The Split of Parti Islam Se-Malysia (PAS)


Partyforumseasia: Founded in November 1951, PAS was itself splitting from the United Malay National Organization UMNO, but allowed dual membership in the beginning. It championed Malay and Muslim rights and the recognition of Islam as state religion which was somewhat contradicting the founding principle of Malaysia as a multi-ethnic and multi-religious country with full citizenship for the massive Chinese and Indian immigration under the British colonial rule. The contradiction has festered until today and generated a party system along racial lines with UMNO and PAS competing for the Malay Muslim vote, especially in the more conservative rural areas.
The opposition coalition Pakatan Rakyat or People’s Alliance consisting of Anwar Ibrahim‘s racially open Parti Keadilan Rakyat (PKR), PAS and the Chinese dominated DAP seemed to blur the ideological divisions until PAS president Abdul Hadi‘s push to introduce Hudud (Muslim penal code regulations) in Kelantan exposed the internal fault lines in PAS and triggered the break-up of the Pakatan Rakyat.
But not all PAS members are following the hard-line Muslim clerics under Hadi Awang, the so called “ulama” faction. A minority formed the “Erdogan” faction, when the Turkish president was still considered a moderate Muslim leader, but lost all leadership posts in internal party elections earlier this year.
Splitting from PAS in big numbers now, the moderates have founded a new party under the name of “Parti Amanah Negara” (in short “Amanah” = trust or fulfilling one’s obligations in Arabic). Mat Sabu
The new party’s president Mohamad Sabu aka Mat Sabu was a deputy president of PAS since 2011 and moderate challenger of the clerical hardliners. In a statement during the launching of the party he said the new political platform is committed to continue the legacy of political Islam, but realizing that Malaysia is a country of people from diverse social and religious backgrounds, Amanah interprets Islam in a more holistic and inclusive manner. In an era of increasing Arab influence in the country a shift to moderate and more open alternatives should be welcome.

Amanah was officially launched on 17 September
with thousands of supporters attending and claiming that more than 30,000 members are  already joining, including non-Muslims and over a hundred lawyers.

With DAP veteran Lim Kit Siang also attending the meeting it is clear that the new party is most welcome to replace PAS in the opposition coalition. Amanah, though, states its openness to co-operate with PAS, but president Hadi Awang as leader of the hardliners has immediately excluded any truce with the “traitors”. Nevertheless, discussions on the rejuvenation of the opposition coalition as “Pakatan Rakyat 2.0” are underway with PKR and DAP, because without the massive remaining membership potential of the old PAS there is no chance of ousting UMNO and its coalition partners from their entrenched power position, despite the extreme pressure on prime minister and UMNO-leader Najib Razak with the embarrassing 1MDB financial scandal.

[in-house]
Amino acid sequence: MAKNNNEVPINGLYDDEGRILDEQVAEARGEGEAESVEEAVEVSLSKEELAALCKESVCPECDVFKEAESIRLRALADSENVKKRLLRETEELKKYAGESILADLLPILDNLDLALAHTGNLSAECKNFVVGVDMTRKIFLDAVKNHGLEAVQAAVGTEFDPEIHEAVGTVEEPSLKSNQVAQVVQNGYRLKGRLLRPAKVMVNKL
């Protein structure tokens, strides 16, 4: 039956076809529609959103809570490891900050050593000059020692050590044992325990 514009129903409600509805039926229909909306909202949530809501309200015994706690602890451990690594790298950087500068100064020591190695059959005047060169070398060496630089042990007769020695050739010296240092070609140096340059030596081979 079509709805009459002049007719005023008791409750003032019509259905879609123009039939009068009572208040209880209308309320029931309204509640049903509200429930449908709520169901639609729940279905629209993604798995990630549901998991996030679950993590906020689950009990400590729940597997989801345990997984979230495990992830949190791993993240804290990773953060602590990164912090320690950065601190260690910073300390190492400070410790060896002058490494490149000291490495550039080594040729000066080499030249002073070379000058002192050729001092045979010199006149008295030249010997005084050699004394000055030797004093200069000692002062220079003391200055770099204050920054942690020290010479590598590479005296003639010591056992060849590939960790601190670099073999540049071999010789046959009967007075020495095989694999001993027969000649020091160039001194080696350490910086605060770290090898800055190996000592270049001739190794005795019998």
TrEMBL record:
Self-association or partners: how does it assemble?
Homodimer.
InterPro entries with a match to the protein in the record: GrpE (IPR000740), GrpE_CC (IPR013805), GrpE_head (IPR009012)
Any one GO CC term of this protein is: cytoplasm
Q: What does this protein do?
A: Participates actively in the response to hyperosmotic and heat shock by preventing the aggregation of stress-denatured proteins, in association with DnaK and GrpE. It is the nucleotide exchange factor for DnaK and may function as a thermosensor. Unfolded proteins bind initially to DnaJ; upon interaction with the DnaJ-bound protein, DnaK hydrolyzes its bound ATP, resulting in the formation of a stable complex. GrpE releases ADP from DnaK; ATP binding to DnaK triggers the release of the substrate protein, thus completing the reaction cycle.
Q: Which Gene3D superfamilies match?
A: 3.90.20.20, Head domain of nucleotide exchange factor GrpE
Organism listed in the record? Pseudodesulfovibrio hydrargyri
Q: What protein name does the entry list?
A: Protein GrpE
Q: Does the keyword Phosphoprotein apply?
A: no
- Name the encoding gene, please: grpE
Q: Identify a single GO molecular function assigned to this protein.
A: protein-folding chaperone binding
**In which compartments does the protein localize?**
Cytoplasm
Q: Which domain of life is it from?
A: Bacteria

If the break-up of the opposition looked like a timely relief and victory for the government, it is matched by the slow erosion of the UMNO-led Barisan Nasional by the marginalization of smaller component parties which were  kept alive by massive financial support from UMNO  anyway.

Malaysia needs urgently strong and united leadership to get out of the crisis. Unfortunately, the ruling and government coalitions look equally weakened.

For a better understanding of party politics in Malaysia see Kartini Aboo Talib‘s country paper (available at Amazon) in:
Amazon Party Politics SEA

Malaysia’s Islamic Party (PAS) Between “Ulama” and “Erdogan” Factions


Partyforumseasia: With nearly one million members Parti Islam SeMalaysia (PAS) is the biggest party in the opposition coalition Pakatan Rakyat or People’s Alliance, but many of its members seem to feel that Anwar Ibrahim’s Parti Keadilan Rakyat (PKR) and the Chinese dominated Democratic Action Party (DAP) are treating PAS as a junior partner. This has lead to the formation of factions within the party, often dubbed as Ulama (clerical) and Erdogan (“liberal”). The tensions were visible for some time already and even more so during the party convention over last weekend, 22-24 November. Party president Abdul Hadi Awang was reelected unchallenged and deputy president Mohamad Sabu‘s victory over his conservative rival from the ulama faction with 588 to 490 votes was considered a victory for the liberals, also called “Anwarinas” for supporting Anwar Ibrahim as leader of the PR coalition.
PAS leadersAmong the three vice-presidents only one from the ulama faction was elected. But some results came out only after recounting, a sign that the polling was controversial. The following calls for unity show that the strategic orientation of the party remains under debate. The “progressives” want to broaden the voter base and open it to non-Malays and non-Muslims because they are fishing in the same pond as arch rival UMNO. As seen among the religious (Christian) parties in old Europe, the rural and probably more religious constituencies lose much of their importance with the fast urbanization, even if the Malaysian first-past-the-post election system still gives them an advantage.